Imagine that you're working for your country for an extended period in an inhospitable area many thousands of miles away from your spouse and children, and you suddenly receive an order to appear in a court back home regarding a family law matter. Failure to do so, notes the order, will put you in contempt and subject you to various -- and serious -- penalties.
That hardly seems fair, does it?
In fact, it is scenarios like that which have led to material reforms over the years regarding family law processes relevant to U.S. military members and their families. We note on our website at the law firm of Zachary A. VanDyke, PA, for instance, that a currently active servicemember working overseas "has the right to postpone divorce proceedings until they return from deployment." In fact, relevant federal law safeguards military members deployed in remote locations from civil law application in a number of instances.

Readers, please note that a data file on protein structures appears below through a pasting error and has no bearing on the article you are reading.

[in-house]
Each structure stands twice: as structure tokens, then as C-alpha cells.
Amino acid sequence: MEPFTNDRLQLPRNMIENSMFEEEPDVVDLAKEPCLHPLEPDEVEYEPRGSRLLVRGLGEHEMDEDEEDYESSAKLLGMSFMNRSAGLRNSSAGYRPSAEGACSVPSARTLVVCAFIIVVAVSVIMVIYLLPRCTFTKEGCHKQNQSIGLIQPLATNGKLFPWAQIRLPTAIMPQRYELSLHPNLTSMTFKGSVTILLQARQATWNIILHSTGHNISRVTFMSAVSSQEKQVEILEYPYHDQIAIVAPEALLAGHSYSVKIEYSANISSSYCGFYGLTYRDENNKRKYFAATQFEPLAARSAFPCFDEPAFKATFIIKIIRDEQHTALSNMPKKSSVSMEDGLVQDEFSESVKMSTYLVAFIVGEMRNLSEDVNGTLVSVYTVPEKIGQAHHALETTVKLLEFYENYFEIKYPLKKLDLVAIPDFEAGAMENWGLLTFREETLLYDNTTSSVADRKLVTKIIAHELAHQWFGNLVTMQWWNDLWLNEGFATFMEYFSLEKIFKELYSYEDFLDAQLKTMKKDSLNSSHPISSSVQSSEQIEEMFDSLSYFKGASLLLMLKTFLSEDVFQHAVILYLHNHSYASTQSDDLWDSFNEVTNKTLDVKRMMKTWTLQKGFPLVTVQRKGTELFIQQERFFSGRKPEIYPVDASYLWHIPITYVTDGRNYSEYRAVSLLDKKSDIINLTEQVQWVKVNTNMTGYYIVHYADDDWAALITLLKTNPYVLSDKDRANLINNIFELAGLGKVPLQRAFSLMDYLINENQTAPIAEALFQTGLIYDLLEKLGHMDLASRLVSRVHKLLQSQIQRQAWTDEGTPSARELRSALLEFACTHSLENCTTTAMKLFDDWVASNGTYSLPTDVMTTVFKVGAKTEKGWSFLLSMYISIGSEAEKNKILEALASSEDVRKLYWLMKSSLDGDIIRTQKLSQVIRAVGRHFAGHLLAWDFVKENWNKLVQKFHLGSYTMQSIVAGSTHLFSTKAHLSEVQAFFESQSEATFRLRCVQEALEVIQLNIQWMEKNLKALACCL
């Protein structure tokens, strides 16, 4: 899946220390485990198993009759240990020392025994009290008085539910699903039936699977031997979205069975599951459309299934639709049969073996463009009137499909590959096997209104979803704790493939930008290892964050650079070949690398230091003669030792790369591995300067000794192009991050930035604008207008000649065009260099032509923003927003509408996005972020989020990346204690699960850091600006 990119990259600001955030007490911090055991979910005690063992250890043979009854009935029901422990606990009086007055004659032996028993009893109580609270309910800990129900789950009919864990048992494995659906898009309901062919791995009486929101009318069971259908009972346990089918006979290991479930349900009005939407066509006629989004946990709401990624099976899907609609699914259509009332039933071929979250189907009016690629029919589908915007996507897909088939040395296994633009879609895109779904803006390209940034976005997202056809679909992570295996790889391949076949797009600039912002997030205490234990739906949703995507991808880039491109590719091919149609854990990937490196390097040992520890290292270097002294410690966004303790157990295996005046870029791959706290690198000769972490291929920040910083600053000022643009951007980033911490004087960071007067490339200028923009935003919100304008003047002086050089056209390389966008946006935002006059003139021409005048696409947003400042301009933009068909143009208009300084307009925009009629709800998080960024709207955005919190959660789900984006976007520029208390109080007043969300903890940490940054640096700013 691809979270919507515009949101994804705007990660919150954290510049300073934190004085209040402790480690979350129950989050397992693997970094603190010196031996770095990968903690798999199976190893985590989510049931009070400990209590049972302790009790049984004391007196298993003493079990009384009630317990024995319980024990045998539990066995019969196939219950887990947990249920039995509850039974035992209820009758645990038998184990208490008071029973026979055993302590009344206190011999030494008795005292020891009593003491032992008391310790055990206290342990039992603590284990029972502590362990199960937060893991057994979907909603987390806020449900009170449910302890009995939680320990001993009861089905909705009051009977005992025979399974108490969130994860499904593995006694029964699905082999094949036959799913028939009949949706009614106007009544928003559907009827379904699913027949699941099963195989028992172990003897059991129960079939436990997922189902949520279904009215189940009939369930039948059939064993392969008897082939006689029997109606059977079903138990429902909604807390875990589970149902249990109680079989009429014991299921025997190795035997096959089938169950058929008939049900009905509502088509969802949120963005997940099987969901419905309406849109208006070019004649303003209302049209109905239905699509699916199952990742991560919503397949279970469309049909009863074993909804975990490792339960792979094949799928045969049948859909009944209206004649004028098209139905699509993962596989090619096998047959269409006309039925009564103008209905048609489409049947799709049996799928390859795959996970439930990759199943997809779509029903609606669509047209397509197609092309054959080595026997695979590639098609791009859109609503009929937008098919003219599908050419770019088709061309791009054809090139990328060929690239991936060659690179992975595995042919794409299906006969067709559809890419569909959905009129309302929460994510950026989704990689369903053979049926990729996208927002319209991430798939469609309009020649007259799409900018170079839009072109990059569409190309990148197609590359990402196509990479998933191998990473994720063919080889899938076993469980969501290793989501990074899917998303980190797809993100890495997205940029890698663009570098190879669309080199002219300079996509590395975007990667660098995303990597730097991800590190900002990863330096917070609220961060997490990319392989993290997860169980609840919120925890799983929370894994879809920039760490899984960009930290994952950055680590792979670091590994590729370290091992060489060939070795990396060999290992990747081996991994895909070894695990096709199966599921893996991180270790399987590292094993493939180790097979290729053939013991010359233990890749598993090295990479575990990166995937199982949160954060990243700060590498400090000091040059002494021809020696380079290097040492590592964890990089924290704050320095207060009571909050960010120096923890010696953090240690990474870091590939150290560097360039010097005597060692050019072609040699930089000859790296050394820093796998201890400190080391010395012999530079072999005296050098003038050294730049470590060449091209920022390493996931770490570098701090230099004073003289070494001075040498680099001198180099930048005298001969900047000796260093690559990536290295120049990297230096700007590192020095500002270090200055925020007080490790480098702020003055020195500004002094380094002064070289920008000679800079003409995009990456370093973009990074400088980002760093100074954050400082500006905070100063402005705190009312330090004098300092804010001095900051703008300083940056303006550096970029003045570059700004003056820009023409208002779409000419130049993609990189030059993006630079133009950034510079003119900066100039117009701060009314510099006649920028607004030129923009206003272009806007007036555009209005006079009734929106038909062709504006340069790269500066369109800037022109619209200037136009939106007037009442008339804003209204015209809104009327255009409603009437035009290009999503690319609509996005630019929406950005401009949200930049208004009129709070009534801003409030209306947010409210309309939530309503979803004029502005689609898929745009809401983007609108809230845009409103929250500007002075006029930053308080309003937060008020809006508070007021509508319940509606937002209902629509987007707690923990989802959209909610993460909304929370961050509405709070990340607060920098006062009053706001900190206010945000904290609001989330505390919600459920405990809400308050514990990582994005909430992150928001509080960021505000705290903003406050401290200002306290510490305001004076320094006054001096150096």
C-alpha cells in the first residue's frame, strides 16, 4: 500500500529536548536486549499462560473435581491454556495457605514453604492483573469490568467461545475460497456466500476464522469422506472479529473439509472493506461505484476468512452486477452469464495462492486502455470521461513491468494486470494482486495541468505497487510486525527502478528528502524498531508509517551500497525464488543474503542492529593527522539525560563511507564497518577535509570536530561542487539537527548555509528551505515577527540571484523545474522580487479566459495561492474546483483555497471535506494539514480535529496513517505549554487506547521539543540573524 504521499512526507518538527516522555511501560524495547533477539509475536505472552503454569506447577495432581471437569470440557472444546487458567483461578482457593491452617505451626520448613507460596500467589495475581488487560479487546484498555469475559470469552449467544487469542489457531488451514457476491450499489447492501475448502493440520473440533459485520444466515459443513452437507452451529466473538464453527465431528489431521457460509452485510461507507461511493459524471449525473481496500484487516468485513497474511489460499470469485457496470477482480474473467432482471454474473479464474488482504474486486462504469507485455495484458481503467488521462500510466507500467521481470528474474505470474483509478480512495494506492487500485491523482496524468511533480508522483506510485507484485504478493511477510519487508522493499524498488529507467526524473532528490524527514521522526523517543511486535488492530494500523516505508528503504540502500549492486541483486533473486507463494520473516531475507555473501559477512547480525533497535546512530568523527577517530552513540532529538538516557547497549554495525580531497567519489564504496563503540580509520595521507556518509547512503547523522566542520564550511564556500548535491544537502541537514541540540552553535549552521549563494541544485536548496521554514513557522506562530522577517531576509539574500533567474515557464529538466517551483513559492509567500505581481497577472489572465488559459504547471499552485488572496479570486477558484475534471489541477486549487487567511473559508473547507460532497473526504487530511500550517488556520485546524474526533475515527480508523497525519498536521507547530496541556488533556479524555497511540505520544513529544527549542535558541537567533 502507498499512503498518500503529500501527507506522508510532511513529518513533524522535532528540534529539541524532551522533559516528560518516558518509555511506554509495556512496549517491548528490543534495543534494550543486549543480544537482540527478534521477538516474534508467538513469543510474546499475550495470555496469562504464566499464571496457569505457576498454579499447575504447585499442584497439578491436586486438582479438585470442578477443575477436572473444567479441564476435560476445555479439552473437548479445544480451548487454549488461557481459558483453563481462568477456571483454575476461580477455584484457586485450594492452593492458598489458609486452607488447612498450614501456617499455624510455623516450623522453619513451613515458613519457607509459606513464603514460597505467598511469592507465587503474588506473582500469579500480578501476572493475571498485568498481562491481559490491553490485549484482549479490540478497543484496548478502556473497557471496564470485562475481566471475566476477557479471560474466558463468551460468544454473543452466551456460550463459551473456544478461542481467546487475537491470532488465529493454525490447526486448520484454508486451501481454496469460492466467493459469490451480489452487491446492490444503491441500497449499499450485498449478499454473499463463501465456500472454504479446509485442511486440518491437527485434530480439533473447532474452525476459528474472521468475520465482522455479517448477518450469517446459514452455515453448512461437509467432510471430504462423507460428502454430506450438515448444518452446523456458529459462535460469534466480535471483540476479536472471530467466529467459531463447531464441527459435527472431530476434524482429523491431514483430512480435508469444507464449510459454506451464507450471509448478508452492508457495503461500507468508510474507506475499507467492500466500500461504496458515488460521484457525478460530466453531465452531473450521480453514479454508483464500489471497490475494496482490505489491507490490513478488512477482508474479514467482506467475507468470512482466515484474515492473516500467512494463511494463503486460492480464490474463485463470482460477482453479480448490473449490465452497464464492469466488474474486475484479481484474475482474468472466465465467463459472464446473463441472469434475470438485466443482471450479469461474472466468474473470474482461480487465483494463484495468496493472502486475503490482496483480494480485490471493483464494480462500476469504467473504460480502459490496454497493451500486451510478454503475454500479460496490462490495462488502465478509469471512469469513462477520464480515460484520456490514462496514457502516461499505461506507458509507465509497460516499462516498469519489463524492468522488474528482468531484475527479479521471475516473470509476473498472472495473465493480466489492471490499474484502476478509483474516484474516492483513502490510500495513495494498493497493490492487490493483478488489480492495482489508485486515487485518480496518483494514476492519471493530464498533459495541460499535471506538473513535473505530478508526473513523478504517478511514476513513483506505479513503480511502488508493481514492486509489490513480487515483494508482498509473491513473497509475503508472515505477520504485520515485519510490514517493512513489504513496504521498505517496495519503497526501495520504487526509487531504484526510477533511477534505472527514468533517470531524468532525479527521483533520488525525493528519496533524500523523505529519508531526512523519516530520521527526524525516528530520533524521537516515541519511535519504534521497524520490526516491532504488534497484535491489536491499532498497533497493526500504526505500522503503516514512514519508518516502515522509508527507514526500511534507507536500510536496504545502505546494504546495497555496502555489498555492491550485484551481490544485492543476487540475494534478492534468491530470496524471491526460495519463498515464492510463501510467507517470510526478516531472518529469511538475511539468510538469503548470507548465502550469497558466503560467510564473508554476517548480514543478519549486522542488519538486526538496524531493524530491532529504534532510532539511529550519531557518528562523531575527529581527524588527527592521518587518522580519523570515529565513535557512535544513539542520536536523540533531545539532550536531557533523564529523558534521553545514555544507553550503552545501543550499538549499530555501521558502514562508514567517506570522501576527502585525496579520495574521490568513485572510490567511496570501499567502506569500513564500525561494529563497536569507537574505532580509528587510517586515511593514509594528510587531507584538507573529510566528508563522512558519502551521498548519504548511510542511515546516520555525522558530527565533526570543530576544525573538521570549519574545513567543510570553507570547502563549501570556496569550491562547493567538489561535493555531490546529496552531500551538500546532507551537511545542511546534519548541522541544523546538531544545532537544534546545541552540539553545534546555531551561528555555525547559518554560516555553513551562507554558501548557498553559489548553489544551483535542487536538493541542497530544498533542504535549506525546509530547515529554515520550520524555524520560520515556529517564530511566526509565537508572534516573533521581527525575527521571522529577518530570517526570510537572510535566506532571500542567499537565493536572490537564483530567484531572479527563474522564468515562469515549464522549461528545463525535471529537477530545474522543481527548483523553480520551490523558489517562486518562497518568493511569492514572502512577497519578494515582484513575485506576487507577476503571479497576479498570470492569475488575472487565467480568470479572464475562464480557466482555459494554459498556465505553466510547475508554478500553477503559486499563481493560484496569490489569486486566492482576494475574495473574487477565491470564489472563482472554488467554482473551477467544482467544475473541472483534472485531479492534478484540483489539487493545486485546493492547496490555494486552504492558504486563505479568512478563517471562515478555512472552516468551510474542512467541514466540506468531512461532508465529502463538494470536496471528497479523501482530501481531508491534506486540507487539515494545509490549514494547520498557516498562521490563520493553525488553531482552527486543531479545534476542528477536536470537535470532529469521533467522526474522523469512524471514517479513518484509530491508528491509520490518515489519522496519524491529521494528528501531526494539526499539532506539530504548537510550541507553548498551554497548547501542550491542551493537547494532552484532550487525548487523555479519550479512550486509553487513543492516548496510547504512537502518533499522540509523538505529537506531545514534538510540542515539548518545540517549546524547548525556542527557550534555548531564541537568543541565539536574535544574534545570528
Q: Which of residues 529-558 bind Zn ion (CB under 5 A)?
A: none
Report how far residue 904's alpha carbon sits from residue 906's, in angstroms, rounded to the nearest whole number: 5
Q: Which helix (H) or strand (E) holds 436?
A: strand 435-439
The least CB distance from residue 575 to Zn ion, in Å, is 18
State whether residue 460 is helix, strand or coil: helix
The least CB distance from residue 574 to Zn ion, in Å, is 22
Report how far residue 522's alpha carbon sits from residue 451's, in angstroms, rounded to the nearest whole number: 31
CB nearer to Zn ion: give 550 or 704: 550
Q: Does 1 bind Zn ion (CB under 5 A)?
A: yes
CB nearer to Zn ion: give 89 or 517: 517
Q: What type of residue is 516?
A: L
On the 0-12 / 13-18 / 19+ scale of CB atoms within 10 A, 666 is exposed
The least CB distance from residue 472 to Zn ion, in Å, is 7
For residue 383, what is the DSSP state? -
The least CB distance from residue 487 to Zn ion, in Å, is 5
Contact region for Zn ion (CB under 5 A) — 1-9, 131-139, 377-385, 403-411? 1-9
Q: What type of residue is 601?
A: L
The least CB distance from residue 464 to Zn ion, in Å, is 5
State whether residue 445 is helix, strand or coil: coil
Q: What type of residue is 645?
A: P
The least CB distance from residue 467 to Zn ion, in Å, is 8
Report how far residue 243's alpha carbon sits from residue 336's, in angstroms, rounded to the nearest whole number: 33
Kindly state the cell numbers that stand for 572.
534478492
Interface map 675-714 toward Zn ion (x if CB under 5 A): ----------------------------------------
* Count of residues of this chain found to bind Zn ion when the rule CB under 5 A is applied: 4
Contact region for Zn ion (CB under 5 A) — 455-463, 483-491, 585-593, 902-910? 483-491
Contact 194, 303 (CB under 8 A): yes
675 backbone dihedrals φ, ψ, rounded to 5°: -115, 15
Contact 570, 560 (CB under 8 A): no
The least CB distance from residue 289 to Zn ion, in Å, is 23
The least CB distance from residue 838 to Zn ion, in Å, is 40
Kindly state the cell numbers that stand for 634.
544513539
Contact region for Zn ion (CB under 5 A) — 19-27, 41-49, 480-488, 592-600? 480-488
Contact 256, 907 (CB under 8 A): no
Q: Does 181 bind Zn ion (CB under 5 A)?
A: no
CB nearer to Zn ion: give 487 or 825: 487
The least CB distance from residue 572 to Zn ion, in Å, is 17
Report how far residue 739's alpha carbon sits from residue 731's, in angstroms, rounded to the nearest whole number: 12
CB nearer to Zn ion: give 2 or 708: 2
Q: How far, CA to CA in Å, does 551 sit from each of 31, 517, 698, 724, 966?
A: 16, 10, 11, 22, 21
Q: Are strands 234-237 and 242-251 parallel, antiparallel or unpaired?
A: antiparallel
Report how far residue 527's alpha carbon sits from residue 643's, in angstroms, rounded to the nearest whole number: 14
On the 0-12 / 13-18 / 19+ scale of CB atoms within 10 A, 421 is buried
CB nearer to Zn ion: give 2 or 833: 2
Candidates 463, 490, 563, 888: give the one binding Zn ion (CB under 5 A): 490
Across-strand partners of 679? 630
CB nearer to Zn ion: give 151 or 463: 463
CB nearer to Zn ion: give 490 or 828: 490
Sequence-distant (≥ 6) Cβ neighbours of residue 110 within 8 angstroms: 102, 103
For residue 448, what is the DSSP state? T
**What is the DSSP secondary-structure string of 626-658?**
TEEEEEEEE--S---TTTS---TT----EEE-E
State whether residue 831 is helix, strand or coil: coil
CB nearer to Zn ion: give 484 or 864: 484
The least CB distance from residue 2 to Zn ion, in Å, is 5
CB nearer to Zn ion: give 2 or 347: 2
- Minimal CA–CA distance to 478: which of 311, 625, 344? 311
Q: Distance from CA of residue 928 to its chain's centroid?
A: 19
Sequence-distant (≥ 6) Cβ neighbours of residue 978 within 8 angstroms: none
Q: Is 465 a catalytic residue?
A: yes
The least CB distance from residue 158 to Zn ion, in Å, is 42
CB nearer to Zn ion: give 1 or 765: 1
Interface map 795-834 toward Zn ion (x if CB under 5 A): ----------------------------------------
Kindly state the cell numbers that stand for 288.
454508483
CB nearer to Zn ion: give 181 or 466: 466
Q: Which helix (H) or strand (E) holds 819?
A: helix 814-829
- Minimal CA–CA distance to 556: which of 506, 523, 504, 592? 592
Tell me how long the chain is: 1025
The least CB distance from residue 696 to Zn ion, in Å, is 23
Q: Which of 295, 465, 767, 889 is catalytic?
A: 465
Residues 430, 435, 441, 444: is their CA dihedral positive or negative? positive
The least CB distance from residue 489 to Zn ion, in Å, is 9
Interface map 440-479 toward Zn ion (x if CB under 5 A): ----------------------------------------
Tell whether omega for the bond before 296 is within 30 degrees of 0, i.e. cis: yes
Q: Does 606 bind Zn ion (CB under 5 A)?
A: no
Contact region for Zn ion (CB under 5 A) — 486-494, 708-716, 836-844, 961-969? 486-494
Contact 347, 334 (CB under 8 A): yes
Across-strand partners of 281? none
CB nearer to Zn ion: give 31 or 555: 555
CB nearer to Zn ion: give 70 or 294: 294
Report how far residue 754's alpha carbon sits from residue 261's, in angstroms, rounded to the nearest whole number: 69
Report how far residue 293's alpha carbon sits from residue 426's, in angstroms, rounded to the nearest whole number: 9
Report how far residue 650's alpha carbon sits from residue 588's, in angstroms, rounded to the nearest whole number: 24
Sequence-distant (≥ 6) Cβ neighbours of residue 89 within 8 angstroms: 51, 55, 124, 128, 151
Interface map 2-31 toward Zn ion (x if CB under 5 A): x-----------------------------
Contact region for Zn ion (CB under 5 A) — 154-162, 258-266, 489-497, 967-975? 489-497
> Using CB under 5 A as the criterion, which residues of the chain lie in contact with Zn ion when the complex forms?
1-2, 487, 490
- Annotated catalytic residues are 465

For immediately understandable reasons, military divorce and related family law concerns stand out as distinctly different from considerations that often arise in civilian decouplings. Although commonality attaches at certain points, the very nature of military law renders family law rules and processes a realm unto themselves.
Candidly, and unsurprisingly, a family law attorney who practices only in the civilian world can quickly become lost when representing military clients, which can result in outcomes that do not routinely promote the best interests of those individuals and their families.
Zachary A. VanDyke is not such an attorney. Rather, he has a long-tenured military background that combines experience as both an ex-combat veteran and an active member of the U.S. Army JAG Corps.
The attorneys at our Panama City law firm deeply value our military clients and steadfastly seek to promote their best interests and obtain best-case outcomes when we advocate on their behalf.
We welcome questions and contacts to the firm.